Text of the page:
Why are depression and addiction so frequently encountered together?
Life inevitably comes with both good and bad days, which often generate positive and negative feelings and emotions, respectively. However, while one individual may be able to get through a difficult time by participating in activities they enjoy (e.g., listening to their favorite music, spending time with loved ones, etc.), others feel there is no remedy. Such feelings of hopelessness and extreme sadness are indicators of depression, a major depressive disorder. According to the National Institute of Mental Health, in 2015, nearly 3 million adolescents between the ages of 12 and 17 (12.5% of that U.S. population) reported having at least one experience of severe depression. Listed below are some key symptoms of clinical depression, as offered by the American Psychiatric Association.
Symptoms of Clinical Depression
- Feeling sad or having a depressed mood
- Loss of interest or pleasure in activities once enjoyed
- Changes in appetite – sudden weight loss or gain
- Trouble sleeping or sleeping too much
- Loss of energy or increased fatigue
- Difficulty thinking and concentrating
- Thoughts of death or suicide
It is not uncommon for those who suffer from depression to become involved in different types of substance abuse and addiction. Studies conducted by the National Survey on Drug Use and Health (NSDUH) have noted correlations between depression and addiction both ways. Of individuals struggling with clinical depression, 30% will fall victim to substance abuse. Moreover, 45% of people suffering from substance abuse are thereafter diagnosed with serious depression. In fact, the relationship between addiction and depression is so strong, that the two experienced together are classified as a medical condition – dual diagnosis.
Why are depression and addiction so frequently encountered together? The answer to this question may lie in the biology of the human brain. Scientists have identified specific regions of the brain that are affected by depression, as well as which neurotransmitters play a role in depression. For example, lower levels of serotonin, problems in dopamine transmission, and higher levels of norepinephrine are linked to higher risks of suicide, substance abuse, and forms of anxiety and depression. Other “happy” hormones that act as neurotransmitters, such as oxytocin and endorphins, have lower production during periods of depression.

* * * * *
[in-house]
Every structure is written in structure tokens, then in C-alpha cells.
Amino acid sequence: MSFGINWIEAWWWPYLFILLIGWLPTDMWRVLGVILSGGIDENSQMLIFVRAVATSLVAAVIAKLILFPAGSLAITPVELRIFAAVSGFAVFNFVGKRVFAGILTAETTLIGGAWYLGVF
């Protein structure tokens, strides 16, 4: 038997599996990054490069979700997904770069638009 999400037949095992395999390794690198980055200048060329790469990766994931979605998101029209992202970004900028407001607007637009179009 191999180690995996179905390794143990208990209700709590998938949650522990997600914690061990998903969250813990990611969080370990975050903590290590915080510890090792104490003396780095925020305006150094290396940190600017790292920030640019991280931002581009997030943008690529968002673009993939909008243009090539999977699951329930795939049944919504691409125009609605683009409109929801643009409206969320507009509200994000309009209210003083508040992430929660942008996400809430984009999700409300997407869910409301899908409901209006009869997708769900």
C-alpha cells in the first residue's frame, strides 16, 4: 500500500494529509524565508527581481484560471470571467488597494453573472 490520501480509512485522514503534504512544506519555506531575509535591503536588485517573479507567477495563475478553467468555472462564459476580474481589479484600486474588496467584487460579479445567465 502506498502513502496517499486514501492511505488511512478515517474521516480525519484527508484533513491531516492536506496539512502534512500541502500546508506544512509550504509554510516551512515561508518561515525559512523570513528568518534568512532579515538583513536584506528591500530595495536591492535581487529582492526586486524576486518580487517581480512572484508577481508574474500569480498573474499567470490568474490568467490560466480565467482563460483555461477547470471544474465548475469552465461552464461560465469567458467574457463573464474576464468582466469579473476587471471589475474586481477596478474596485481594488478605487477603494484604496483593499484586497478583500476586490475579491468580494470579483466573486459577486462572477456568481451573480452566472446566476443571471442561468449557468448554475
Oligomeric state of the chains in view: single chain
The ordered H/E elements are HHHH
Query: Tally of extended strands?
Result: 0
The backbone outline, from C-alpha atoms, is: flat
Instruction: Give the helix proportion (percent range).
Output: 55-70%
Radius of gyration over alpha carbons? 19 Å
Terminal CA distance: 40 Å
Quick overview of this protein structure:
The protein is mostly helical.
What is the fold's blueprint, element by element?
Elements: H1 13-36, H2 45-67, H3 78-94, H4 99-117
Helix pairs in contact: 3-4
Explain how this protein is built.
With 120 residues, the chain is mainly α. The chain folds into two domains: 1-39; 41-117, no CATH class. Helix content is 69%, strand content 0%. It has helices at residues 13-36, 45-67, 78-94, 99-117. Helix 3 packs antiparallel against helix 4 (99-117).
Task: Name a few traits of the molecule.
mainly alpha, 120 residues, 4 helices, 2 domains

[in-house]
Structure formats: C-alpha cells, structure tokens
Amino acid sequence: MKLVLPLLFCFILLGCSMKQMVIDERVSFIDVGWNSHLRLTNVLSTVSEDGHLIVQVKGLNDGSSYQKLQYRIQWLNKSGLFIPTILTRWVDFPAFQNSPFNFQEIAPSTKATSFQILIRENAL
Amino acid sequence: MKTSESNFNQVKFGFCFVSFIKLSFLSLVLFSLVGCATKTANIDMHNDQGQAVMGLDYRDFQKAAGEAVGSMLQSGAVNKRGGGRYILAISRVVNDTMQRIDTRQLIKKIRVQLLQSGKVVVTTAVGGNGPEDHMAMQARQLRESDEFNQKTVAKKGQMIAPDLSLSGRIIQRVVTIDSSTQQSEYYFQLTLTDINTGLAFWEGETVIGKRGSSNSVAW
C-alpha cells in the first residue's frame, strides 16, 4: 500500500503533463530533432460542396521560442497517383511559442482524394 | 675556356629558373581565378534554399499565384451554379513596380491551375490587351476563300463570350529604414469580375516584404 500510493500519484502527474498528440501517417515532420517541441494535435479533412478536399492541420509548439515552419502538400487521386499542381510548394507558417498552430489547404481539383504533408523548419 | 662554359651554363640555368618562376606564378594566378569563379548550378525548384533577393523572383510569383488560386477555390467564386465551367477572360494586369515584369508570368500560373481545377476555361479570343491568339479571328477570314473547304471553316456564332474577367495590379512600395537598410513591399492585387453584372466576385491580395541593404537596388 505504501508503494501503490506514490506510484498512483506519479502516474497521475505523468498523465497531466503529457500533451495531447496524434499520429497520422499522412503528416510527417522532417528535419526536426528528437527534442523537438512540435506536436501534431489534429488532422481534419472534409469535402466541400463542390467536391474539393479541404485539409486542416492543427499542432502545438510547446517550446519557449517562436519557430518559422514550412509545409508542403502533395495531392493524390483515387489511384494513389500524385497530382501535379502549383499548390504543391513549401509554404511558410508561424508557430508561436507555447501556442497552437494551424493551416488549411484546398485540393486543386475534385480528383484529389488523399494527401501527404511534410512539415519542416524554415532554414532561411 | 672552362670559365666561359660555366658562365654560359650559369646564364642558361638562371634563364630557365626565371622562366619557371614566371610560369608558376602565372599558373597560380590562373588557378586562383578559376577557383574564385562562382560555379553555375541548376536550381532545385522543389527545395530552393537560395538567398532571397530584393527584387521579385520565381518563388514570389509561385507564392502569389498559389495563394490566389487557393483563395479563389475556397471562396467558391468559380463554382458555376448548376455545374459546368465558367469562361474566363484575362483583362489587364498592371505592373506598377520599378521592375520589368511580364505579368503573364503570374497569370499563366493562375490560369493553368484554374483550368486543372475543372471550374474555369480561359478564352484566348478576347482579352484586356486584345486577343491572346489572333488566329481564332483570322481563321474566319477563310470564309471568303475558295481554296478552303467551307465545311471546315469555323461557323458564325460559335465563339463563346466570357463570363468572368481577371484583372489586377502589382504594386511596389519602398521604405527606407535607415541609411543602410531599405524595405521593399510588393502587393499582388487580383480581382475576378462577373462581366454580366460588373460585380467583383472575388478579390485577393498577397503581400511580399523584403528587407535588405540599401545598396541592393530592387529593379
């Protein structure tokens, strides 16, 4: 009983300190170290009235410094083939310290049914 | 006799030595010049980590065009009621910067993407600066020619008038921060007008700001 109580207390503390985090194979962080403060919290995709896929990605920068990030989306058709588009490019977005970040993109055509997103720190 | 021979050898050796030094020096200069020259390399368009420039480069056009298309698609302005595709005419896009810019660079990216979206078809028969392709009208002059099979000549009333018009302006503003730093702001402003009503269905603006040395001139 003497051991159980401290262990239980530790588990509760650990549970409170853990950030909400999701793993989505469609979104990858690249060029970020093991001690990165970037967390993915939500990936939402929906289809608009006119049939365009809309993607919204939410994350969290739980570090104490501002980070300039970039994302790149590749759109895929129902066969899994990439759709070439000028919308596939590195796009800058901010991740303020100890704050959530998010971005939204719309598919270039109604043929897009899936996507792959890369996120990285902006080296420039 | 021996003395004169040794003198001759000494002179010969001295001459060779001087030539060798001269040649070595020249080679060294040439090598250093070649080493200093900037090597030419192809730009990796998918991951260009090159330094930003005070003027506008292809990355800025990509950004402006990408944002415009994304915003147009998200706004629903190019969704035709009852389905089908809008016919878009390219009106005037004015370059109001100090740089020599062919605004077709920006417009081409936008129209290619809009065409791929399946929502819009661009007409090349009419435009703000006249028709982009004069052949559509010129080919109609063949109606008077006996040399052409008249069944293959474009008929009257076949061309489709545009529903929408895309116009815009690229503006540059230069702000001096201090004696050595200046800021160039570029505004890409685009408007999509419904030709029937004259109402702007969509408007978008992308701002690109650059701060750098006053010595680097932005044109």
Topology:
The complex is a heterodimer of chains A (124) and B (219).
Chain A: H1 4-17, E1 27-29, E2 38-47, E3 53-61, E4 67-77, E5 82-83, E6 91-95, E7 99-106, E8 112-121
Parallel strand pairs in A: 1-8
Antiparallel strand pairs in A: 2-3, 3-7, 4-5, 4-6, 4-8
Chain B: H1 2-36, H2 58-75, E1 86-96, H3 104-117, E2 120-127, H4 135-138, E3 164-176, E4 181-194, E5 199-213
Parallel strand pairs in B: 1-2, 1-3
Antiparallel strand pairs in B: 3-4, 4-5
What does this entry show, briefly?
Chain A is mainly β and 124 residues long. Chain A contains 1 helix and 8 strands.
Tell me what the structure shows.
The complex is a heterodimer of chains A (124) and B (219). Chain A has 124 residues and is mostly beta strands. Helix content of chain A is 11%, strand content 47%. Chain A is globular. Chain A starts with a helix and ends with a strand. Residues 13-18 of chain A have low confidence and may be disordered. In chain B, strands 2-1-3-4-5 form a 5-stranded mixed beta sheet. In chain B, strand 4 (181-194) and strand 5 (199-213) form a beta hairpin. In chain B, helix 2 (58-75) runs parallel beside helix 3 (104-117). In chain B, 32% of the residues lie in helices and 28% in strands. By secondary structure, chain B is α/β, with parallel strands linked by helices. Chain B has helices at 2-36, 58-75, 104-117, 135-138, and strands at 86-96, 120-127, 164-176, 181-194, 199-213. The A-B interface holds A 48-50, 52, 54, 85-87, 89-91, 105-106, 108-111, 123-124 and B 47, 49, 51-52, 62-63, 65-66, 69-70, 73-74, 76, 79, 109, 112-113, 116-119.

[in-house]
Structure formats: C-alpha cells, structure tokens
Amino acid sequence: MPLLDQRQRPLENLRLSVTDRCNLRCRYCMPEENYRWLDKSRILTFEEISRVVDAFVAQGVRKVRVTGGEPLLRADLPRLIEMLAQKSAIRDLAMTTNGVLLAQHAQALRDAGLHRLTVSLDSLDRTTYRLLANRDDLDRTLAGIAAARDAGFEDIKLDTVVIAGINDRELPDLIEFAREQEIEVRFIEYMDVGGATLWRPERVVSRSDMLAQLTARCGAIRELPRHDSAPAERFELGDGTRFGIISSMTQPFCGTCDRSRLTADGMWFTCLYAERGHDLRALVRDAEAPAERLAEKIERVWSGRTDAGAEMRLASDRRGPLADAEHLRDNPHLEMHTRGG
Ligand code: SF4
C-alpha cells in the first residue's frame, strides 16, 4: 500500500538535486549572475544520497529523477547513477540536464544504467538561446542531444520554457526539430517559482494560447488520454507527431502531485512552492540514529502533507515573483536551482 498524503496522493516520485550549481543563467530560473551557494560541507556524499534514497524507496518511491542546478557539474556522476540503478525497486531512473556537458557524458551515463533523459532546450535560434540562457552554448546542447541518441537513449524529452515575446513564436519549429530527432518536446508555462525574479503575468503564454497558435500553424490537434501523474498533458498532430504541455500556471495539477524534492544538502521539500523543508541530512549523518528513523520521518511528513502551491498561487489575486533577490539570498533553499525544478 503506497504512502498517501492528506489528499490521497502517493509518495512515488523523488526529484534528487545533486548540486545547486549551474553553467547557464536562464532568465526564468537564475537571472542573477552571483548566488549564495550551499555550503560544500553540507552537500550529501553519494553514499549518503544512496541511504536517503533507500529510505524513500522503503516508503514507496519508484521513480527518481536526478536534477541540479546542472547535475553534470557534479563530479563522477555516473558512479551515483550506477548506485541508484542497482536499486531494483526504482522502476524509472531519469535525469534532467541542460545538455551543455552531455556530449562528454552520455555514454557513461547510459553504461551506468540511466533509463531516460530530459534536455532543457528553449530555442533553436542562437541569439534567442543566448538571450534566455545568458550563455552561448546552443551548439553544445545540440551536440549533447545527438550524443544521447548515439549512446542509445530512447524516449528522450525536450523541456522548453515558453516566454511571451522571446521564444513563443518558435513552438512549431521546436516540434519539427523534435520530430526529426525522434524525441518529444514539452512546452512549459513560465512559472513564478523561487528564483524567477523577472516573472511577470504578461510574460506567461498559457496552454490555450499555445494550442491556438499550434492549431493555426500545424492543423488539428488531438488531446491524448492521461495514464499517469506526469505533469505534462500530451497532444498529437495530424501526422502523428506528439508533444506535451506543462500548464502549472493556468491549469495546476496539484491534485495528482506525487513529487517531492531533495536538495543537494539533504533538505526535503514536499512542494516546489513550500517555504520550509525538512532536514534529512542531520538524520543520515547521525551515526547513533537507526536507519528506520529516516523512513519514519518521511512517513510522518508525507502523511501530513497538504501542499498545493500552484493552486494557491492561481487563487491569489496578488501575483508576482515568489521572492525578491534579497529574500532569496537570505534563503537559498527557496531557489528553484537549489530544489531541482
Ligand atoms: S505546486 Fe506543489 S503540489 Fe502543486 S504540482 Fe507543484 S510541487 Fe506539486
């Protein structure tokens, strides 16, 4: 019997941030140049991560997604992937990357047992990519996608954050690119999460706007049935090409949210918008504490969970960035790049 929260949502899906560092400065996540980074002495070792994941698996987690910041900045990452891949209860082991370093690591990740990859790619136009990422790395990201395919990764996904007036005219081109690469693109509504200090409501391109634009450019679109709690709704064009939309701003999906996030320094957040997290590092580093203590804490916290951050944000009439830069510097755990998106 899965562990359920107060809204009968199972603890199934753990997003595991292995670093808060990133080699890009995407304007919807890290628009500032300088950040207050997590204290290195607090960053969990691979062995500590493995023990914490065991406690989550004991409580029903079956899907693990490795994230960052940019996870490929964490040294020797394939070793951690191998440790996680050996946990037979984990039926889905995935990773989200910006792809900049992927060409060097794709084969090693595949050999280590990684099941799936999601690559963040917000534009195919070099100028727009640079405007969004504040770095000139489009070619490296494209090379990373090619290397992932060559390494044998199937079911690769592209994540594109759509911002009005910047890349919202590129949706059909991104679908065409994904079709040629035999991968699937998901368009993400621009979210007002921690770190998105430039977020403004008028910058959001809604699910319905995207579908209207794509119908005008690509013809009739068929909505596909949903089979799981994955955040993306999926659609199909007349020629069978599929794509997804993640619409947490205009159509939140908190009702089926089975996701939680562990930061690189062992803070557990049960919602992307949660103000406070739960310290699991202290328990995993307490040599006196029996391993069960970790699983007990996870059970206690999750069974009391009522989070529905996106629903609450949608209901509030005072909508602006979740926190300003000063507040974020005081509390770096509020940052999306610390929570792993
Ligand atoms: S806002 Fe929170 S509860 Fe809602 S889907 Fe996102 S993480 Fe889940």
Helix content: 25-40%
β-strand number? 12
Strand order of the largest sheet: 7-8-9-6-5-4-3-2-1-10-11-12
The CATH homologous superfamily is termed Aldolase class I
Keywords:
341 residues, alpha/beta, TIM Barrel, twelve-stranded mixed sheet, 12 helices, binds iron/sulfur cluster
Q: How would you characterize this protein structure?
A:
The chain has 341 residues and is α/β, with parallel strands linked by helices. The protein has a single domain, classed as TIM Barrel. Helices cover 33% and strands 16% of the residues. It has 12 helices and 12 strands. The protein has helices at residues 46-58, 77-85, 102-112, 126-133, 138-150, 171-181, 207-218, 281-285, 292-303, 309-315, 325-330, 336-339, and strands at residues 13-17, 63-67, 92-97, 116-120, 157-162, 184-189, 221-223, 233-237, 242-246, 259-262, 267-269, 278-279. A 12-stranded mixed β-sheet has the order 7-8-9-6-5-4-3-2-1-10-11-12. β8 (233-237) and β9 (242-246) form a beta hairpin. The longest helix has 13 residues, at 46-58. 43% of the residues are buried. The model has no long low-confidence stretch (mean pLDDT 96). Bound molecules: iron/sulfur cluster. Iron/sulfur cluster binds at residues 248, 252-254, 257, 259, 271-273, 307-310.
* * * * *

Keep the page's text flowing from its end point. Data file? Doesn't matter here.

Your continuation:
Individuals suffering from depression often resort to drug use, and become addicted, because many forms of drugs temporarily activate specific neurons, as their chemical makeup impersonates natural neurotransmitters. Furthermore, other types of drugs can cause neurons to temporarily release an irregularly high amount of neurotransmitters, which in the long run, negatively impacts the body’s normal production of such chemicals. Most drugs target the dopamine transmitter, which regulates movement, emotion, motivation, and most importantly, feelings of pleasure, thereby bypassing the feelings of depression for a short time. The use of some drugs can potentially release 2-10 times the amount of natural dopamine, which in turn minimizes the brain’s perceived pleasure during naturally rewarding behaviors. With such biological connections, it is unsurprising that depression and addiction are correlated.
What to Do
If you are concerned that your child has depression, or suspect that they may be engaging in substance abuse, there is help available. Individuals struggling with depression and/or addiction can benefit greatly from receiving professional treatment. WinGate Wilderness Therapy is a program designed to aid struggling adolescents and young adults through motivation and positive reinforcement. WinGate believes in cooperation rather than confrontation, and seeks to help every student build the necessary skills to overcome their challenges and move on to a more hopeful and rewarding lifestyle. Take that first step in recovery today by learning more about how to get your child help at WinGate call 1-800-560-1599.